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BHUPEN KHAKHAR (1934-2003)
Khakhar widely expanded the area of Indian life visible in painting, but a unique and consistent tone unites his body of work [...] Bhupen's paintings balance satirical distance and loving intimacy with his subjects. (K. Zitzewitz, Midnight to the Boom, Painting in India After Independence, New York, 2013, p. 154)
BHUPEN KHAKHAR (1934-2003)

At New Jersey

BHUPEN KHAKHAR (1934-2003)
At New Jersey
signed in Gujarati (center right); further inscribed, titled and dated 'At New Jersy [sic.] 1986 / Bhupen Khakhar' (on the reverse)
oil on canvas
24 x 23 7/8 in. (61 x 60.6 cm.)
Painted in 1986
Gallery Espace, New Delhi
Acquired from the above

Lot Essay

In the early 1980s, Bhupen Khakhar's highly narrative paintings increasingly became autobiographical in their subject matter. Paintings from this period prominently feature larger than life images of himself and his partner, and are often intimate and confessional. Khakhar speaks for a world largely relegated to the shadows in India. Fellow artist and Khakhar's biographer Timothy Hyman notes, "The self is always juxtaposed with the world; the self interrogates, and is interrogated, by the world." (T. Hyman, Bhupen Khakhar, Ahmedabad, 1998, p. 68)

In this painting, the promise of darkness offers members of marginalized communities the freedom to emerge uninhibited. Behind the self-referential figure of a single man wearing a bright blue shirt, several ostensibly clandestine encounters take place in shadowy doorways and beside parked vehicles. Through the medium of paint, Khakhar liberates these figures from judgment, social taboos, and conventions. According to the critic Geeta Kapur, "This is Khakhar's private triumph, rescuing the friend from the oblivion of his undistinguished birth and from the kind of morality where he may be taboo." (Six Indian Painters, exhibition catalogue, London, 1982, p. 38)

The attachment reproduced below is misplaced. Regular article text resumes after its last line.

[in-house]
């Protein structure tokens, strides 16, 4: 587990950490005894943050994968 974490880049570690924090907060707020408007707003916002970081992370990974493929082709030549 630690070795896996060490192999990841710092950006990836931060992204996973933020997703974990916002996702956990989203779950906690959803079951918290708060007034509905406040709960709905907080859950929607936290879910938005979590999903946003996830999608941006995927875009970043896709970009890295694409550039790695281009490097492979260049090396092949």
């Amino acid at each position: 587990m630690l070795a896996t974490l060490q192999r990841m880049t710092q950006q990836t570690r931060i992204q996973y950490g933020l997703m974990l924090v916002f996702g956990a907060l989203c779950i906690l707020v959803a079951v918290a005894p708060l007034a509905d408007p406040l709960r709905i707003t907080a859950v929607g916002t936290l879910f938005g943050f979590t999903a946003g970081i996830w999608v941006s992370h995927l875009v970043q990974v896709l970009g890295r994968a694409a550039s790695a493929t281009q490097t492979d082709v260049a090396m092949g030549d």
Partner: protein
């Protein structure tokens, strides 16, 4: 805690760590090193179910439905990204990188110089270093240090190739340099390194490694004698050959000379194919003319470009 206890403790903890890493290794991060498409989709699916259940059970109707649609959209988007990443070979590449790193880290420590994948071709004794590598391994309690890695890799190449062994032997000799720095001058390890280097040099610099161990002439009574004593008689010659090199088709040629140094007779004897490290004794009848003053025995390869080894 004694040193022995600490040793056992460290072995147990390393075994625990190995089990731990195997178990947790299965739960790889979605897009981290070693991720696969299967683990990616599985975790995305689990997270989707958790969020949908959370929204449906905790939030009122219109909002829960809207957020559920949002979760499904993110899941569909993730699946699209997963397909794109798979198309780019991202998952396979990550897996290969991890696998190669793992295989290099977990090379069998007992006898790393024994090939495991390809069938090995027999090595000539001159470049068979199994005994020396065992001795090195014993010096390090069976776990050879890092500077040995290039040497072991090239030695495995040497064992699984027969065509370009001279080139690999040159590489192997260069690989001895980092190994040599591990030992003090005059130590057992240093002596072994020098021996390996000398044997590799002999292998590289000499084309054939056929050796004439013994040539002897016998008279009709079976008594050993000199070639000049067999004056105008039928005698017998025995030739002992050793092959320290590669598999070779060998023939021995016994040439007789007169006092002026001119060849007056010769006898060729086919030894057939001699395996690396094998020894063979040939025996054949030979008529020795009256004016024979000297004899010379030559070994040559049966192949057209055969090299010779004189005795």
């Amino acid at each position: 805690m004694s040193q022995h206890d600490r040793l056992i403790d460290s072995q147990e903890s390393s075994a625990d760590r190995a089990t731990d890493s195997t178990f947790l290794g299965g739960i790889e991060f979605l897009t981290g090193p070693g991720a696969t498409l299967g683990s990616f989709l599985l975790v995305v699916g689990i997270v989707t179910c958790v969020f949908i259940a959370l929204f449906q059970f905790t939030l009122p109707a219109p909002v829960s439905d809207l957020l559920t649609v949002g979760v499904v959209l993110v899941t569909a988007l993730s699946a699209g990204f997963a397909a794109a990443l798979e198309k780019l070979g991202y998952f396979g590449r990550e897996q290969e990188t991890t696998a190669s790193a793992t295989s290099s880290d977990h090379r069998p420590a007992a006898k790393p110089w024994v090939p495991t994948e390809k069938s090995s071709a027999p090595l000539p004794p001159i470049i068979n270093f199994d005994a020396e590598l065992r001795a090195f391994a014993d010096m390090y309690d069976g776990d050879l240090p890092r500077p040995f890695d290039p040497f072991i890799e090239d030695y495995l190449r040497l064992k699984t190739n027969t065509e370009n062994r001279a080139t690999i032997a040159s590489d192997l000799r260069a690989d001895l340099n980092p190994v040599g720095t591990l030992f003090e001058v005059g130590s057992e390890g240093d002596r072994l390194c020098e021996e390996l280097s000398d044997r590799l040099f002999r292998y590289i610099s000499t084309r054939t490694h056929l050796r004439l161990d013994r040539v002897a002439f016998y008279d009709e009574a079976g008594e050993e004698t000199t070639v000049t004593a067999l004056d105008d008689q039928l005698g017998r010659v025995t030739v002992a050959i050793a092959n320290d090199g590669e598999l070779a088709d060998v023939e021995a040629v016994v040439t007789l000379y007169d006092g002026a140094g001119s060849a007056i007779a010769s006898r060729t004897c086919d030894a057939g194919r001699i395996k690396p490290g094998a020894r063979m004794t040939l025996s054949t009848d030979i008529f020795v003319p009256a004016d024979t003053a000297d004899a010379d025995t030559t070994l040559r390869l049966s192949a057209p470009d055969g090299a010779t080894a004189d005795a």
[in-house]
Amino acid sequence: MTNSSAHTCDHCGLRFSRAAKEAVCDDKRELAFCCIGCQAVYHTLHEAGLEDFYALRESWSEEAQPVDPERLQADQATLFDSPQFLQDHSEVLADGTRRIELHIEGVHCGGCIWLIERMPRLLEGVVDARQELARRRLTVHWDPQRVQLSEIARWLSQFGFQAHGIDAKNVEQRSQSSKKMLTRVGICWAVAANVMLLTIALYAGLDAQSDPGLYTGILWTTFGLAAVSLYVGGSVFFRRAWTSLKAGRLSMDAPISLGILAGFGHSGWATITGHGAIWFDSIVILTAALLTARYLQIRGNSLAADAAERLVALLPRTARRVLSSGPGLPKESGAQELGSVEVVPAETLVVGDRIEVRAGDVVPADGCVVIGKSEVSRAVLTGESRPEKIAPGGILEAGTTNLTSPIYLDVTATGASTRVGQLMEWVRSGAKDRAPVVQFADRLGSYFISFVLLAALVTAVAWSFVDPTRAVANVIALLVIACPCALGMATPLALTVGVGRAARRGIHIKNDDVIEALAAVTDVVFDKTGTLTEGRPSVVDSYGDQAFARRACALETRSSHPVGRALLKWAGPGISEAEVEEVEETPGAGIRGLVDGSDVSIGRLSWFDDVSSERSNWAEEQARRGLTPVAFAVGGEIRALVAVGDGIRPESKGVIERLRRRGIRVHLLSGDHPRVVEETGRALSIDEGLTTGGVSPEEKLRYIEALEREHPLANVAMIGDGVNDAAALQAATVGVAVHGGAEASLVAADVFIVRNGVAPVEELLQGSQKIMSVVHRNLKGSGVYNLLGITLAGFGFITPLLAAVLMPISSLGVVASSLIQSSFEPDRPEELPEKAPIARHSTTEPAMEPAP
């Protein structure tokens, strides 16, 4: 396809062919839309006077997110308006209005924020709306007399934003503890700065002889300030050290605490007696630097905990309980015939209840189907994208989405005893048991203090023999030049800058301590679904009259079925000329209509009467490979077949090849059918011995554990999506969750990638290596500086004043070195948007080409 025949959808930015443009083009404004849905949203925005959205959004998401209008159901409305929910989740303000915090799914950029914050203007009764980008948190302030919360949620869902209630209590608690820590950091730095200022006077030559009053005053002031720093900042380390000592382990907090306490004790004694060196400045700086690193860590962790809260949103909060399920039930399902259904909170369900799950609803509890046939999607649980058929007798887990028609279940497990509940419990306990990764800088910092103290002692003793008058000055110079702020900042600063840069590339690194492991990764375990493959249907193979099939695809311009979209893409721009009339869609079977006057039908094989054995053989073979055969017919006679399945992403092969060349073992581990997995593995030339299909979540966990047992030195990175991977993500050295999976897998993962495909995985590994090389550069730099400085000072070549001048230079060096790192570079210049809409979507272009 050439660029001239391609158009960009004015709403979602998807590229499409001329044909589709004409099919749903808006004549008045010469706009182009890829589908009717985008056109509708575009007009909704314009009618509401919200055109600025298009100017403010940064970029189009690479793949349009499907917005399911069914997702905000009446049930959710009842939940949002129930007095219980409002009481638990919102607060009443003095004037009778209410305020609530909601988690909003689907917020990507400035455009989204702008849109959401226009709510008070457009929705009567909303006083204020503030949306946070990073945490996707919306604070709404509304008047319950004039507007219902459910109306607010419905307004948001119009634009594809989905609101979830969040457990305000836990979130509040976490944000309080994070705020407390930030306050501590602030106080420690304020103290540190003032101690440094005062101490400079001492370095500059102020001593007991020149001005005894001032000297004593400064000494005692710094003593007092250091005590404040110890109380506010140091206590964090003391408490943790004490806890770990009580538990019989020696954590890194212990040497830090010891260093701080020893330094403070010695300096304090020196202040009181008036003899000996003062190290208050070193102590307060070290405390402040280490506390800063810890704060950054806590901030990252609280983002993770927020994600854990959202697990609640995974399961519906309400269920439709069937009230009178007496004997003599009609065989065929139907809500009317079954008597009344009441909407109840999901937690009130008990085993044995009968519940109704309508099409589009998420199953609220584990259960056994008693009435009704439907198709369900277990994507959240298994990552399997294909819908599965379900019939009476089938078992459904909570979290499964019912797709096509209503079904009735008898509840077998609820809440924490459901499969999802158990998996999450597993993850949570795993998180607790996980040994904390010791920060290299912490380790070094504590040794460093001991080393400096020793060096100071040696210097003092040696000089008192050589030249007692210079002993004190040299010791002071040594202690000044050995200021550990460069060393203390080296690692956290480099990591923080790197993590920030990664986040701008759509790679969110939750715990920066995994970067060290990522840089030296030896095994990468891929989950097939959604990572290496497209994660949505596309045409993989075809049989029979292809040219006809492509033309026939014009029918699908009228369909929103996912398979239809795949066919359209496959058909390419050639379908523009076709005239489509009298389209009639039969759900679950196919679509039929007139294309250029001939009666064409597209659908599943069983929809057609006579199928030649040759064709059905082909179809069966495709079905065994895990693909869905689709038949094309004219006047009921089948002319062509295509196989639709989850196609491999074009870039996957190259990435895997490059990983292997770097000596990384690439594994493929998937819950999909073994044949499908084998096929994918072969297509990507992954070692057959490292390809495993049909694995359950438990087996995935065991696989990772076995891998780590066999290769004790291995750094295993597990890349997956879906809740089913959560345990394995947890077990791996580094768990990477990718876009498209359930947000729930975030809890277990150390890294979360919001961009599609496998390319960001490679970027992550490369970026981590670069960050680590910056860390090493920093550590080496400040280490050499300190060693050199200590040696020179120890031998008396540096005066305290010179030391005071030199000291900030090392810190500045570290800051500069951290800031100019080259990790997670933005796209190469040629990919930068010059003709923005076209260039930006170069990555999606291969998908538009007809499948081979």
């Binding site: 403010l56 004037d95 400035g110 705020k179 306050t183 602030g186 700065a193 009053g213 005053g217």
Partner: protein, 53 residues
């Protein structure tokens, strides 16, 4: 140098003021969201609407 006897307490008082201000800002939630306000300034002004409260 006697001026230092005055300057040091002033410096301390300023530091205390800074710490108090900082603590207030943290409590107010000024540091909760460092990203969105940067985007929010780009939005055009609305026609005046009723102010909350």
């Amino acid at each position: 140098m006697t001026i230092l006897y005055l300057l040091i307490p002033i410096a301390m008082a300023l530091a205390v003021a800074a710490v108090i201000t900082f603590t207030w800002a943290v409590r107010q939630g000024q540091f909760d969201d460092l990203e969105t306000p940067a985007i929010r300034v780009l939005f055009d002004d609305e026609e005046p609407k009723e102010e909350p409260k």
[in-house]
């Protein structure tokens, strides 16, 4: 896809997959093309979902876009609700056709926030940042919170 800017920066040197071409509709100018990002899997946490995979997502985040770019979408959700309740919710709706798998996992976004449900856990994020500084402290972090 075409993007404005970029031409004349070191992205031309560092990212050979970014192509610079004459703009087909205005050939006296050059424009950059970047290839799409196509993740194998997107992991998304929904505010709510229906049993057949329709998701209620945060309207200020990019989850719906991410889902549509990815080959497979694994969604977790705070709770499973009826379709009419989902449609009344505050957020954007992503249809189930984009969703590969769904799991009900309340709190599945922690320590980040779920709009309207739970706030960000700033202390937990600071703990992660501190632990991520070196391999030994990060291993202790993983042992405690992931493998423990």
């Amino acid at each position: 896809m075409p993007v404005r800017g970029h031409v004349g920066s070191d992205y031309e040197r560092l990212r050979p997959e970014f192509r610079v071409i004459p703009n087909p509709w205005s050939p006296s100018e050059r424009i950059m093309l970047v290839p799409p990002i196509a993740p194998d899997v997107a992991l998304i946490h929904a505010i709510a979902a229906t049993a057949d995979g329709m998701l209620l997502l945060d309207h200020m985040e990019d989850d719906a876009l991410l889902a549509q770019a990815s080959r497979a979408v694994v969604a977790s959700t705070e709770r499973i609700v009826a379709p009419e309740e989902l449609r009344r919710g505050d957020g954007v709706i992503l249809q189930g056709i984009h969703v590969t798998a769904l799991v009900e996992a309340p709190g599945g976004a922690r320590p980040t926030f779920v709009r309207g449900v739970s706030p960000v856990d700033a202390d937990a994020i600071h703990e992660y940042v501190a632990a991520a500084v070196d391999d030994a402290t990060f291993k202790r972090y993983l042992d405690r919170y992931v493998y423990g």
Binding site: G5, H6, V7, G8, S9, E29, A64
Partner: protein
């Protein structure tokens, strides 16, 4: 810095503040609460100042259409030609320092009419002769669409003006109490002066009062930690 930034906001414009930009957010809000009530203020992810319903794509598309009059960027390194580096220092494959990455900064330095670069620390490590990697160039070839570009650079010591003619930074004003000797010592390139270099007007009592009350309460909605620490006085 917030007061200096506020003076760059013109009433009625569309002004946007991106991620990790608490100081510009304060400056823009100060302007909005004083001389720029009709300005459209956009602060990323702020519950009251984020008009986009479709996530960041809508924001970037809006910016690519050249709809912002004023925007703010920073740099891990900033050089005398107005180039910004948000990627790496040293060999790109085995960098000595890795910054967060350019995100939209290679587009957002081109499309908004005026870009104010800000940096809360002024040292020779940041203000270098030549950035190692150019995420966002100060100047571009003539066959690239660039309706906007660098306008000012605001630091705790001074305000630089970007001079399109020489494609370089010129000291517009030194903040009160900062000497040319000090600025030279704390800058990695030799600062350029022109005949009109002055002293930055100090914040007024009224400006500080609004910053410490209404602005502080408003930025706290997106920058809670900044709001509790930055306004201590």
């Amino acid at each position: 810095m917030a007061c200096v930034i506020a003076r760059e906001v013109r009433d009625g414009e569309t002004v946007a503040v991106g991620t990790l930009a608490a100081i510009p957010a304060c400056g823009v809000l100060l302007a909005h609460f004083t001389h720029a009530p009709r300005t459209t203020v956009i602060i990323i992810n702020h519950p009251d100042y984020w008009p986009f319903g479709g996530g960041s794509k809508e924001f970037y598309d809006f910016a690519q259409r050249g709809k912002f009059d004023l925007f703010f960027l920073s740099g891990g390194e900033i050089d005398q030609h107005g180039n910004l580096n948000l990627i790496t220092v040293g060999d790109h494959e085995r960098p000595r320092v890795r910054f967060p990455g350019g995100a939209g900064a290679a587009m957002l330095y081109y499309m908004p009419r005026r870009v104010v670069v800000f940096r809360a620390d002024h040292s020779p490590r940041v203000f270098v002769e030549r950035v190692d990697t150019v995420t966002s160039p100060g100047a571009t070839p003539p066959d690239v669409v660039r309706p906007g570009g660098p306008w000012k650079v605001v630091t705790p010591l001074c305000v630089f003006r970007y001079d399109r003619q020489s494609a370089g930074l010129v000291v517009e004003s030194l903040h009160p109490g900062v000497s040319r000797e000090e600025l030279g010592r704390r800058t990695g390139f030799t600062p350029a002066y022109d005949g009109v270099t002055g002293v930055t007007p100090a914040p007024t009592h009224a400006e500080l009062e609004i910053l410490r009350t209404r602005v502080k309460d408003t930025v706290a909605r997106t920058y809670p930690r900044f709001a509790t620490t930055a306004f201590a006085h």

"It is this quality of humanity and vulnerability, an understanding of, an empathy with an alternate reality that makes Khakhar's work so distinct from that of Hockney to whom he is frequently compared. His concern was with men alone, Khakhar's concern seems to be as much the men as the metaphysics of their condition. 'Hockney is concerned with physical beauty. I am much more concerned with other aspects like warmth, pity, vulnerability, touch [...]'". (S. Mehra, 'An Accountant of Alternate Reality', Outlook India, 13 December, 1995)

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